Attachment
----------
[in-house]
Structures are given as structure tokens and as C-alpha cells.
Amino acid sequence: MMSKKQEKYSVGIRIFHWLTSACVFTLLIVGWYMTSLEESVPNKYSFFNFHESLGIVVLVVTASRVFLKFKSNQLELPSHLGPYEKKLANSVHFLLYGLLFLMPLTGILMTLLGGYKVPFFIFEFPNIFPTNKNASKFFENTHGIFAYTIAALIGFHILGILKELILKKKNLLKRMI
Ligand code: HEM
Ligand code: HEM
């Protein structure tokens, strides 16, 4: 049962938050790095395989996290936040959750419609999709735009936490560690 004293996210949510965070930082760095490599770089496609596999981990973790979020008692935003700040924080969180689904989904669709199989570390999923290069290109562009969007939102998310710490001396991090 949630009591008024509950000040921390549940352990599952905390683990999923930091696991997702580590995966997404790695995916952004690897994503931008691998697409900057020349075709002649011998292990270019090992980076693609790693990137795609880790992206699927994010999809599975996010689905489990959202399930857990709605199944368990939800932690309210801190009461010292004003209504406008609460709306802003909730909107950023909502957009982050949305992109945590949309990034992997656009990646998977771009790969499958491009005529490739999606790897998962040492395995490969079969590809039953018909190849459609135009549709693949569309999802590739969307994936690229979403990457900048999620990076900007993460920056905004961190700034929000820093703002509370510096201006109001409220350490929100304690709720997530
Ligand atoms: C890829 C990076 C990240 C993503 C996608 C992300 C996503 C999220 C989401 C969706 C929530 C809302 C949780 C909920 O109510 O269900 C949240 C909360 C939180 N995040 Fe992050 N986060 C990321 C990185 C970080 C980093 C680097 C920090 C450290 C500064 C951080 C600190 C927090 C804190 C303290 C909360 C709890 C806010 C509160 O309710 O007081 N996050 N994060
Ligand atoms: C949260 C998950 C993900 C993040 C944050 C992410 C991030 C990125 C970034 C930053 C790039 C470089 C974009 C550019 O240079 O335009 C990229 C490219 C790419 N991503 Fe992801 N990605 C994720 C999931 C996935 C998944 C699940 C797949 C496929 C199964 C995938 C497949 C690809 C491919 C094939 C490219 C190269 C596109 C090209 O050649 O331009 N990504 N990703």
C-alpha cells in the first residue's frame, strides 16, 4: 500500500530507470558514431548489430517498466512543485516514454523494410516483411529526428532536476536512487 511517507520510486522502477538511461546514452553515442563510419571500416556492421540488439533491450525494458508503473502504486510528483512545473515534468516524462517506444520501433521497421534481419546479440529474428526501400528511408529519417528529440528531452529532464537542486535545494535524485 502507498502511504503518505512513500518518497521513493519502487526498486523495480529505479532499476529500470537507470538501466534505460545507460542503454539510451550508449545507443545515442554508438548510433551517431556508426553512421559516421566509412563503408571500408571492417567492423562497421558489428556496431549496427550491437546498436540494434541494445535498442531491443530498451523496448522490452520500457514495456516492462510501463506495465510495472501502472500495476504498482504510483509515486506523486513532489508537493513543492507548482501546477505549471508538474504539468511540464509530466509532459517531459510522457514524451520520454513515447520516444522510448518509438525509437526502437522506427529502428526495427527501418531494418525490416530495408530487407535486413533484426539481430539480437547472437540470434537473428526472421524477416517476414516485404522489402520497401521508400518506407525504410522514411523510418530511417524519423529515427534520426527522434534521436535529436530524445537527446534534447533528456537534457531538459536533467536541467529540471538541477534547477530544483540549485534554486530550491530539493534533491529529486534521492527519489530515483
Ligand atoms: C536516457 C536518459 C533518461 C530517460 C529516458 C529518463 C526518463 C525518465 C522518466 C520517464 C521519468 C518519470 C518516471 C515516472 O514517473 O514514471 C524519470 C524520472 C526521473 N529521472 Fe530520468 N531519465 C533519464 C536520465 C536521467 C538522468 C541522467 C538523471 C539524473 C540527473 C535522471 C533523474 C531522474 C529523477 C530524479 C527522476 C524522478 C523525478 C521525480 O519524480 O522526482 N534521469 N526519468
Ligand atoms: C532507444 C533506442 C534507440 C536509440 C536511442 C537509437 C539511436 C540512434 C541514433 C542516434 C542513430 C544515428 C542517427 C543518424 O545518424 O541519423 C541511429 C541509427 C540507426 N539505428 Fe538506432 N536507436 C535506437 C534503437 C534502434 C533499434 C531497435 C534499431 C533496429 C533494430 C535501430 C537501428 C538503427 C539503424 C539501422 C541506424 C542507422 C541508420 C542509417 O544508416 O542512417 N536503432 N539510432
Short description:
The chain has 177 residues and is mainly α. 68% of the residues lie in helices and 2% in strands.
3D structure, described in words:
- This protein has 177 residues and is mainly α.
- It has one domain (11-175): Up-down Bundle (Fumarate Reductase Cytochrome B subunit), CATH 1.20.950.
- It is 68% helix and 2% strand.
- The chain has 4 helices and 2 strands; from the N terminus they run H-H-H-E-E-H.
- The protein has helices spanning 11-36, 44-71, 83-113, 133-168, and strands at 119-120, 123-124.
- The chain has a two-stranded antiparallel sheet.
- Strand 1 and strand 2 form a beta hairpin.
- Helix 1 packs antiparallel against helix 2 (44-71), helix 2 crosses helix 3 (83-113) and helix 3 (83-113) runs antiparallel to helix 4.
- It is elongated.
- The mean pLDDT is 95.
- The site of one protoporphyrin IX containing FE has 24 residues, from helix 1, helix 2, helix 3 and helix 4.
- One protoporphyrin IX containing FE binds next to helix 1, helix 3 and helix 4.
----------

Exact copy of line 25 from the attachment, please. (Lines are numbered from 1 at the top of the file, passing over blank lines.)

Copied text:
- The site of one protoporphyrin IX containing FE has 24 residues, from helix 1, helix 2, helix 3 and helix 4.